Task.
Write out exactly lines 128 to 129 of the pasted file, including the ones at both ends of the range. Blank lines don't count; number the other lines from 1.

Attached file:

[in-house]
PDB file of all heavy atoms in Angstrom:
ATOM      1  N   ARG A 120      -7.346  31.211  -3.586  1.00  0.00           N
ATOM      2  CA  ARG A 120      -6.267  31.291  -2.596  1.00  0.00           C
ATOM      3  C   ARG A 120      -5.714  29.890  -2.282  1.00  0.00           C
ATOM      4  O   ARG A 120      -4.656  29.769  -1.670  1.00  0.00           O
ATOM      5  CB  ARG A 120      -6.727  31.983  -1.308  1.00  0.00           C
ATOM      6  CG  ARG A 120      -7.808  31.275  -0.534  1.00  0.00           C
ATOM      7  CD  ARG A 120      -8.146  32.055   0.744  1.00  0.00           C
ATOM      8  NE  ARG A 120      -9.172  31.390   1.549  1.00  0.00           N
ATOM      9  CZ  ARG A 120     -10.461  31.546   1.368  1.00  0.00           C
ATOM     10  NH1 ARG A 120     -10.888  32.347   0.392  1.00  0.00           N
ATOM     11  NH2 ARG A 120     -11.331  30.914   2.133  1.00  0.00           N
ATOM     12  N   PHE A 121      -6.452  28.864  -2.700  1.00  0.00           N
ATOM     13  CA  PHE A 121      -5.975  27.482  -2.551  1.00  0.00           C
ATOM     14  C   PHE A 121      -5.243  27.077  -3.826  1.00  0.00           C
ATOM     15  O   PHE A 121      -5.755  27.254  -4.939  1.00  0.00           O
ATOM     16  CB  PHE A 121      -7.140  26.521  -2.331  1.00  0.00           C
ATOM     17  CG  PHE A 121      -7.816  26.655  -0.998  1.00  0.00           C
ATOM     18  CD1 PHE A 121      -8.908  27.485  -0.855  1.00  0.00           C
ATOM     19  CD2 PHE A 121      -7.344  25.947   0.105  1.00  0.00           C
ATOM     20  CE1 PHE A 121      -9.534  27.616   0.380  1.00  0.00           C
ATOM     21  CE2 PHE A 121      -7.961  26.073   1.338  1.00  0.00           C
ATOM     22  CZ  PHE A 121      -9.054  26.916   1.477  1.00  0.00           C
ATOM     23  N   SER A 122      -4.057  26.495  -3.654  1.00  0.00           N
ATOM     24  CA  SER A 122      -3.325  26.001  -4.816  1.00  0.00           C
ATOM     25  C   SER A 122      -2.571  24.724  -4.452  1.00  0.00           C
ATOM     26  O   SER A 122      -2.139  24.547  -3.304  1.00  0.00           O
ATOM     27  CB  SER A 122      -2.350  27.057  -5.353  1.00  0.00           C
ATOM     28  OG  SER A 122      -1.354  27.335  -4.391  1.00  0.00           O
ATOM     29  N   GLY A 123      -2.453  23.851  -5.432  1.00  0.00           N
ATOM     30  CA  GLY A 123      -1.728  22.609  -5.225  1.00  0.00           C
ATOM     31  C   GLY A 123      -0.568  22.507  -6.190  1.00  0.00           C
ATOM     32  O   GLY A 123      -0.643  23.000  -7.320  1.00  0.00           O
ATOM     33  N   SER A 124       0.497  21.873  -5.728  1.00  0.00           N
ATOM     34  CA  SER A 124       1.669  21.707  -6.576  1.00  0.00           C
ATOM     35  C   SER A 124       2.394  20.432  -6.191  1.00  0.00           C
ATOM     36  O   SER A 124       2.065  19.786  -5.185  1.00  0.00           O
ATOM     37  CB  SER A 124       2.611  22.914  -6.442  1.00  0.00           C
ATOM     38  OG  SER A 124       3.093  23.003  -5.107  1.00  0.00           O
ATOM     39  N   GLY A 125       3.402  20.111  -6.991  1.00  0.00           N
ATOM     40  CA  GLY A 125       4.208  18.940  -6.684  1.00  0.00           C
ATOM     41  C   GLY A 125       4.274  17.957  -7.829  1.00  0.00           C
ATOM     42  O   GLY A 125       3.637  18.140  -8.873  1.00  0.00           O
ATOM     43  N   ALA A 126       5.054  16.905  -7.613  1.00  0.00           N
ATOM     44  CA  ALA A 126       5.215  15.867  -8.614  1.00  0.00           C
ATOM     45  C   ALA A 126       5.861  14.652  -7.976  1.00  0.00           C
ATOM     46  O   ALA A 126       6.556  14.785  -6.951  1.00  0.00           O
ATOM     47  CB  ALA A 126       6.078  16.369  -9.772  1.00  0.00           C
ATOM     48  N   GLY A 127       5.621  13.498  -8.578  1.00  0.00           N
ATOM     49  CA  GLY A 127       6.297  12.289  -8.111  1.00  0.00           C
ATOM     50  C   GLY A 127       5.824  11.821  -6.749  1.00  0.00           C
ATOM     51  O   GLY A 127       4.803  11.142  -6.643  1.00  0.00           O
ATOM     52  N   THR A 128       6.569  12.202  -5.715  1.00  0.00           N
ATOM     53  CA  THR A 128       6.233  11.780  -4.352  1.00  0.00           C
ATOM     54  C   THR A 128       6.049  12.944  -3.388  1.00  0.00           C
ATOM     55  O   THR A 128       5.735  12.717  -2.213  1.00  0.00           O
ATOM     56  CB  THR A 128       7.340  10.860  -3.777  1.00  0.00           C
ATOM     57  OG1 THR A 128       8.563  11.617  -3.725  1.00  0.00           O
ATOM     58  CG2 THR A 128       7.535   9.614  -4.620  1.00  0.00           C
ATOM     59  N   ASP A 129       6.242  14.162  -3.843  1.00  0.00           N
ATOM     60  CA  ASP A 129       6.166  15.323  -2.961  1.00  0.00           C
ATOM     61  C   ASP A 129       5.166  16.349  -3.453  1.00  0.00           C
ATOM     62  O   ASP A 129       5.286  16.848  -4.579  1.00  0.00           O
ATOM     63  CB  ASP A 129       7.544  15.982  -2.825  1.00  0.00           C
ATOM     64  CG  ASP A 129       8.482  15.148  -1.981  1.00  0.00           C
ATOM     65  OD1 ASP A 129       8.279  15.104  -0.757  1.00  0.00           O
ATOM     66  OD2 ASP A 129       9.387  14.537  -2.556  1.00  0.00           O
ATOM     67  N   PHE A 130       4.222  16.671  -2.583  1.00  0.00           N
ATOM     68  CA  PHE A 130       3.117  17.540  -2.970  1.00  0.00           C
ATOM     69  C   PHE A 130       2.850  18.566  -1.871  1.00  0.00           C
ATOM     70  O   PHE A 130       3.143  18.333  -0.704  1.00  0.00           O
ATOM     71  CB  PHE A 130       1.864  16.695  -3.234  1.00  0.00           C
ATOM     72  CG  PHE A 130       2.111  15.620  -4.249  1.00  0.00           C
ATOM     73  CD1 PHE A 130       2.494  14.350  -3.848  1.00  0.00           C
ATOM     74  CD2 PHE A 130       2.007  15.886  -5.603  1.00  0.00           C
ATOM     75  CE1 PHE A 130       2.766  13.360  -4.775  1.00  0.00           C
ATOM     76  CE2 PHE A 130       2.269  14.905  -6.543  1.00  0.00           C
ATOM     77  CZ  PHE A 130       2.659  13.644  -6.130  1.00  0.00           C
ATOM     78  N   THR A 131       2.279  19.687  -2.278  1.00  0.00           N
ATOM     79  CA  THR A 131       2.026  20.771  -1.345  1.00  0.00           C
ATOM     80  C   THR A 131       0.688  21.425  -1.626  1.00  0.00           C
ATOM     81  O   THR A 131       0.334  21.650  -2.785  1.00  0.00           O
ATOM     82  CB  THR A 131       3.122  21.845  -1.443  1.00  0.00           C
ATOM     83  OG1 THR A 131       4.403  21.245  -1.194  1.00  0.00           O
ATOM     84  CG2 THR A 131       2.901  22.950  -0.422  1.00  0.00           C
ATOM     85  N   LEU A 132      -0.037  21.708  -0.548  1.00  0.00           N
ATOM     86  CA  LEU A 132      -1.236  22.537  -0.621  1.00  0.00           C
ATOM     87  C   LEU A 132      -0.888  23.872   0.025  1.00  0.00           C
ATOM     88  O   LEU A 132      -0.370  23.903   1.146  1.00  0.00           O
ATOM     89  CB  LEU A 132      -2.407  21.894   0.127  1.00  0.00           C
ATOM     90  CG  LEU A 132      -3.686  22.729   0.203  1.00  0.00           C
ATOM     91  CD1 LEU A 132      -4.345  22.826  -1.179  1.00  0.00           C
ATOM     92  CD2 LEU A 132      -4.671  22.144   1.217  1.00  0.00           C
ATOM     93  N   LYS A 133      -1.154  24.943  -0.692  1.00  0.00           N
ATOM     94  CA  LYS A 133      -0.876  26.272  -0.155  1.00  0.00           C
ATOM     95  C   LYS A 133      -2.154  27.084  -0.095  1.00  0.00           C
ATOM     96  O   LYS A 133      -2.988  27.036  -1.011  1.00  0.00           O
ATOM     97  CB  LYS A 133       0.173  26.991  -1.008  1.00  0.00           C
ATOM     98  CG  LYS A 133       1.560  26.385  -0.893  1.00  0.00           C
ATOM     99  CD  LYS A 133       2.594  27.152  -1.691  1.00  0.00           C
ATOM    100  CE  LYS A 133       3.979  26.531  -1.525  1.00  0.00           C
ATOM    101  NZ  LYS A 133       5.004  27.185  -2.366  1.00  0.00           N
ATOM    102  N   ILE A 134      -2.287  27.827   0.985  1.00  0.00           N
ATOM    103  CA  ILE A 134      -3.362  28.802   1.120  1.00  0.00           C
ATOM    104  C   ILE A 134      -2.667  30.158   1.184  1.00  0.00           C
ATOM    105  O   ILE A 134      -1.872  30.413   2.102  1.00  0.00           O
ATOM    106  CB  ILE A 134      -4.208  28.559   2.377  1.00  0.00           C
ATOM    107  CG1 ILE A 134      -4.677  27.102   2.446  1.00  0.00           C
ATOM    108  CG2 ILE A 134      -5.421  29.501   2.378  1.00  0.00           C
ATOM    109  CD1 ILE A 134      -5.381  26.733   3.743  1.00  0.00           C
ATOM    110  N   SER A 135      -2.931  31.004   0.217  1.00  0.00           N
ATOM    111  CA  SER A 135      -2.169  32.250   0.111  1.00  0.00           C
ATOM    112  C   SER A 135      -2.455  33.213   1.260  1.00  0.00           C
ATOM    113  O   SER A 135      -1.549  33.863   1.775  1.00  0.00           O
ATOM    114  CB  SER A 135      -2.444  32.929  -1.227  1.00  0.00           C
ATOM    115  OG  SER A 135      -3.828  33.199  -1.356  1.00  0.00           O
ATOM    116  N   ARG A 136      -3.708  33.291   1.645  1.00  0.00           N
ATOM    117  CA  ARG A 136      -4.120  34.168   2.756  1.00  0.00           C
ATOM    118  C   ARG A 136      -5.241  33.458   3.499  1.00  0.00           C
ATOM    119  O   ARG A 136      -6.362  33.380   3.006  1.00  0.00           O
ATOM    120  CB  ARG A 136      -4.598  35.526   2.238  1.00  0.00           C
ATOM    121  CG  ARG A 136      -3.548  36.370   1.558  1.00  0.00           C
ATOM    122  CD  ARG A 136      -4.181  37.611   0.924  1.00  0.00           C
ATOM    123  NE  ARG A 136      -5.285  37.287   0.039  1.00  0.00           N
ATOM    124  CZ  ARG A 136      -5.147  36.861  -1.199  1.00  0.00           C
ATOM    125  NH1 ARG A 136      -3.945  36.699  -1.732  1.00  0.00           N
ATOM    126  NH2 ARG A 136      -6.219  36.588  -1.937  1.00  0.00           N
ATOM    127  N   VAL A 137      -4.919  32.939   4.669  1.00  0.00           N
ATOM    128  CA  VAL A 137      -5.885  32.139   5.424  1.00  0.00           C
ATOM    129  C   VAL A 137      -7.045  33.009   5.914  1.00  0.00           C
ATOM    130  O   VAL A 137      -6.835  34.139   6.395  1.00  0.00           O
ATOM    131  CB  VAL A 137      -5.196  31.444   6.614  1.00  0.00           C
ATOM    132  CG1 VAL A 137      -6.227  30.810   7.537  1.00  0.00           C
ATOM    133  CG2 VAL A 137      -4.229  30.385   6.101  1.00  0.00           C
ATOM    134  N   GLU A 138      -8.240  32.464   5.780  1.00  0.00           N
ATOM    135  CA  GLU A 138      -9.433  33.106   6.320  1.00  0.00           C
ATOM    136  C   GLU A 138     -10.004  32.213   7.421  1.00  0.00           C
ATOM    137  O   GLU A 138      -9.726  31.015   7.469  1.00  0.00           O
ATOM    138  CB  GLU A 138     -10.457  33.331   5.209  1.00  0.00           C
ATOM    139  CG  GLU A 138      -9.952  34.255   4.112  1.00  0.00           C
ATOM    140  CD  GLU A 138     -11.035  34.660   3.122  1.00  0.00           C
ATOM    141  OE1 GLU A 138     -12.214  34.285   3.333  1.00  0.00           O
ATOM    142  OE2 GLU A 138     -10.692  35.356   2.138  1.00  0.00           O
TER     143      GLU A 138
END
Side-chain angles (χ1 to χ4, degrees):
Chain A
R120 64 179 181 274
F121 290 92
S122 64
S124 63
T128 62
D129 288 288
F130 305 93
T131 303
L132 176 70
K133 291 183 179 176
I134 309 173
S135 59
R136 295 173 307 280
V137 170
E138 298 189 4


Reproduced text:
ATOM    126  NH2 ARG A 136      -6.219  36.588  -1.937  1.00  0.00           N
ATOM    127  N   VAL A 137      -4.919  32.939   4.669  1.00  0.00           N